4. Conclusions

EtO sterilization led to a decrease in viscosity and elongation at break as well as an increase in crystallinity and notched impact strength for all tested materials. One of the factors that determine the extent of the change was the initial reference value. Differences in color were not observed in the initial white or opaque materials. Overall, the materials examined were classified as suitable for EtO sterilization. Furthermore, regardless of the sterilized type of material, this method should be questioned due to the high toxicity of the gas and the associated ecological damage [14,15].
As a result of Ga sterilization, a clear degradation of the material was observed, which was reflected by the embrittlement. During the course of this work, this is shown by a decrease in molecular weight, viscosity, elongation at break, and tensile strength. Although the crystallinity and notched impact strength increased, the color did not change. Several studies indicated that material degradation intensity is primarily related to the irradiation dose [31]. In this context, it should be mentioned that the used irradiation dose of 45 kGy was deliberately chosen to be significantly higher than the actual average value [14]. Therefore, it cannot be ruled out that the material damage would be less in actual circumstances. Treatment of the examined materials with the irradiation dose used here is not recommended. With regard to medical applications, it should also be noted that PLLA with a low molecular weight is suspected of causing inflammation and in-stent restenosis, which also indicates that this method should be avoided [28].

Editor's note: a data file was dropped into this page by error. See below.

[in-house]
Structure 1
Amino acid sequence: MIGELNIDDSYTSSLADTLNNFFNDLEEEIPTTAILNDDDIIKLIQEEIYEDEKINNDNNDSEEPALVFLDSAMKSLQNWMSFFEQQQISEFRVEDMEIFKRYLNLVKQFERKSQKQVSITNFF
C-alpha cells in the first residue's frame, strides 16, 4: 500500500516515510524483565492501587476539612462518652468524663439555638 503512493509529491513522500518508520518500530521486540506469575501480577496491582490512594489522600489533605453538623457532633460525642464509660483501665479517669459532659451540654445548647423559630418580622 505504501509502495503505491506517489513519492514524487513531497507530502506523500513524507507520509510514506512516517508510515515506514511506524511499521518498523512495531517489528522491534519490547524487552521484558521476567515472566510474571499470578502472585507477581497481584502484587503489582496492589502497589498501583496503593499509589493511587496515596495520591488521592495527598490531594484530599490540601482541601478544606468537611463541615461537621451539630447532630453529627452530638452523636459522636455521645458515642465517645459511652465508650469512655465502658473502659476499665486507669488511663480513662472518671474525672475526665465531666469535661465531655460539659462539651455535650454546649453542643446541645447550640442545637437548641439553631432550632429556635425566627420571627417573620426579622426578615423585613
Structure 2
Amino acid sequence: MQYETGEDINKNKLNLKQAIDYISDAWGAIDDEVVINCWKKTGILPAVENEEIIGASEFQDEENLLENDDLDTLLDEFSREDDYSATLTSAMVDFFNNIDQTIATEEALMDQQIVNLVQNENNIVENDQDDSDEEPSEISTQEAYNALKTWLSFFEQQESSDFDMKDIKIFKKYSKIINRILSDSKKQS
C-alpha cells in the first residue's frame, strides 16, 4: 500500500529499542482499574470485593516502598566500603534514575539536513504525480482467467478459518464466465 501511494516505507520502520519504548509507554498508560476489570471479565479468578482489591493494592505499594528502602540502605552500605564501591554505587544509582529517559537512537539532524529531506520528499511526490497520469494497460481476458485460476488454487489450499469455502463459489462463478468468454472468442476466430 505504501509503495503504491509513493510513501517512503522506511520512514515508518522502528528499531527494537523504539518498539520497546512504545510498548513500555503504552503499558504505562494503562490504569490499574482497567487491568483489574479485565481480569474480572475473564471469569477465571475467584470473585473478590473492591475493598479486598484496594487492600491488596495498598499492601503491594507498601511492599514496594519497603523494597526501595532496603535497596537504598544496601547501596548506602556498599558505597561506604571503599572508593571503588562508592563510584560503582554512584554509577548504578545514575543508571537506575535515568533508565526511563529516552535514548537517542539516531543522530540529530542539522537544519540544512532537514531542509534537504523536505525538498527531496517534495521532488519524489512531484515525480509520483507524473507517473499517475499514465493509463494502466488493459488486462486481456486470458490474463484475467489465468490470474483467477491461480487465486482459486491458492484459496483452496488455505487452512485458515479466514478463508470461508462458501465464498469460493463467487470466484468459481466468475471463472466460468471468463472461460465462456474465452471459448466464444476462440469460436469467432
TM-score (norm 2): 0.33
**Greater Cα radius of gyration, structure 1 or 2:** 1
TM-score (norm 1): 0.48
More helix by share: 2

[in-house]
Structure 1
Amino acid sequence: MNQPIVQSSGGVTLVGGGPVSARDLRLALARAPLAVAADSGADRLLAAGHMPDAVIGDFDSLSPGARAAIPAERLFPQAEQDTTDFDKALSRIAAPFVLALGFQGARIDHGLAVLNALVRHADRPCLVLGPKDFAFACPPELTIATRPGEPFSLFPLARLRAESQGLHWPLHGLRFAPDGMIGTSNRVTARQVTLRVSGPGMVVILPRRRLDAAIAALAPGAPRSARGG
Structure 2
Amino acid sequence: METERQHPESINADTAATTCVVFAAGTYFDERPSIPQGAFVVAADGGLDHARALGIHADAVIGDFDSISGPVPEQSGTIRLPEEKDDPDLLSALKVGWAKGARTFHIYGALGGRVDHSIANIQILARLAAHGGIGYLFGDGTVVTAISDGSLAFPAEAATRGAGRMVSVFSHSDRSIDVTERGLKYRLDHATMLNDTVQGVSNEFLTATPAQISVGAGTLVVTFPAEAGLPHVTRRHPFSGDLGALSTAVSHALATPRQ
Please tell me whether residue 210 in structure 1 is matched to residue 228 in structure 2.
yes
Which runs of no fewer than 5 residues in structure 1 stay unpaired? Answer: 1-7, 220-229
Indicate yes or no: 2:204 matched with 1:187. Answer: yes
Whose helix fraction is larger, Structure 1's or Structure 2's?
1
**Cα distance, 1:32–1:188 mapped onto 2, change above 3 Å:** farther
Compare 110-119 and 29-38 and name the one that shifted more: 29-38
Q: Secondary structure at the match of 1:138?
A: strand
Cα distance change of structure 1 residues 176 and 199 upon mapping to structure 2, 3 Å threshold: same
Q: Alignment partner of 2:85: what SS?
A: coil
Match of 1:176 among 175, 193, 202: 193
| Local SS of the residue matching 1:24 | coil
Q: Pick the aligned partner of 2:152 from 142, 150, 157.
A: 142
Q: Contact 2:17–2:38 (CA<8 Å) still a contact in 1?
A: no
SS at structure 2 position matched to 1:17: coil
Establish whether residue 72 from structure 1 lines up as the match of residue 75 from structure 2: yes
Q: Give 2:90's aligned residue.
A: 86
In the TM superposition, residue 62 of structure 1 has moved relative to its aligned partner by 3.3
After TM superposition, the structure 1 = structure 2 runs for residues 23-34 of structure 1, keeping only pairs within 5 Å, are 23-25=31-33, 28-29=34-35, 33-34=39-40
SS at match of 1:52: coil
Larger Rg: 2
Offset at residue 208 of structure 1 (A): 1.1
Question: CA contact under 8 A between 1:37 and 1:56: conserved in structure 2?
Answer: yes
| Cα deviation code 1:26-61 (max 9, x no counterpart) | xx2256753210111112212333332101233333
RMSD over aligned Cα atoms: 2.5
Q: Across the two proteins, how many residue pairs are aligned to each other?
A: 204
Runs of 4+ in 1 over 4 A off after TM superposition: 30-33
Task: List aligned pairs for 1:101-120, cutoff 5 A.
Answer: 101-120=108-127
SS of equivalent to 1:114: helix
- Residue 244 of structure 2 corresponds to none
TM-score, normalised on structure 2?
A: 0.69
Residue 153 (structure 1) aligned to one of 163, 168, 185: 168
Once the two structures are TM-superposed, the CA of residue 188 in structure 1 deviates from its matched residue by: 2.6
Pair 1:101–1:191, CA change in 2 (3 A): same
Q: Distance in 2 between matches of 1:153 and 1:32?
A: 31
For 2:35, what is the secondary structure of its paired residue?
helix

Additionally, it should be noted that Ga sterilization, due to its high energy input, can result in an increase in the material temperature (according to Harrington et al., 30–40 °C within a few hours) [23]. This work did not examine the extent to which the documented material damage can be attributed to this effect. However, this connection could be a useful approach for further investigations.
These investigations have shown that PLLA is altered by sterilization with Ga as well as with EtO. A direct comparison leads to a preference for sterilization with EtO for the materials examined here. When classifying these data, it is essential to acknowledge that the results were significantly influenced by the exposure during sterilization, the specific composition of the material, and the age of the sample.

Author Contributions

Conceptualization, N.K.; methodology, N.K.; formal analysis, N.K.; investigation, N.K.; resources, H.-P.H.; data curation, N.K.; writing—original draft preparation, N.K.; writing—review and editing, H.-P.H. and J.-C.Z.; visualization, N.K.; supervision, H.-P.H. and J.-C.Z.; project administration, H.-P.H. and J.-C.Z.; funding acquisition, H.-P.H. All authors have read and agreed to the published version of the manuscript.


This research was funded by the Federal Ministry of Food and Agriculture (BMEL) and the Fachagentur Nachwachsende Rohstoffe e.V. (FNR): 2220NR089F.

Institutional Review Board Statement

Not applicable.

Data Availability Statement

The data presented in this study are available on request from the corresponding author.


The authors would like to thank the B. Braun Melsungen AG for the processing and coordination of the sterilization. Furthermore, thanks are extended to the IKT Stuttgart for conducting the rheometric analyses.

Conflicts of Interest

The authors declare no conflict of interest.


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Figure 1. Number average molecular weight Mn and weight average molecular weight Mw of Luminy® L130, NP HT 202, and NP HT 203 before and after sterilization by EtO or Ga; n = 3.
Figure 1. Number average molecular weight Mn and weight average molecular weight Mw of Luminy® L130, NP HT 202, and NP HT 203 before and after sterilization by EtO or Ga; n = 3.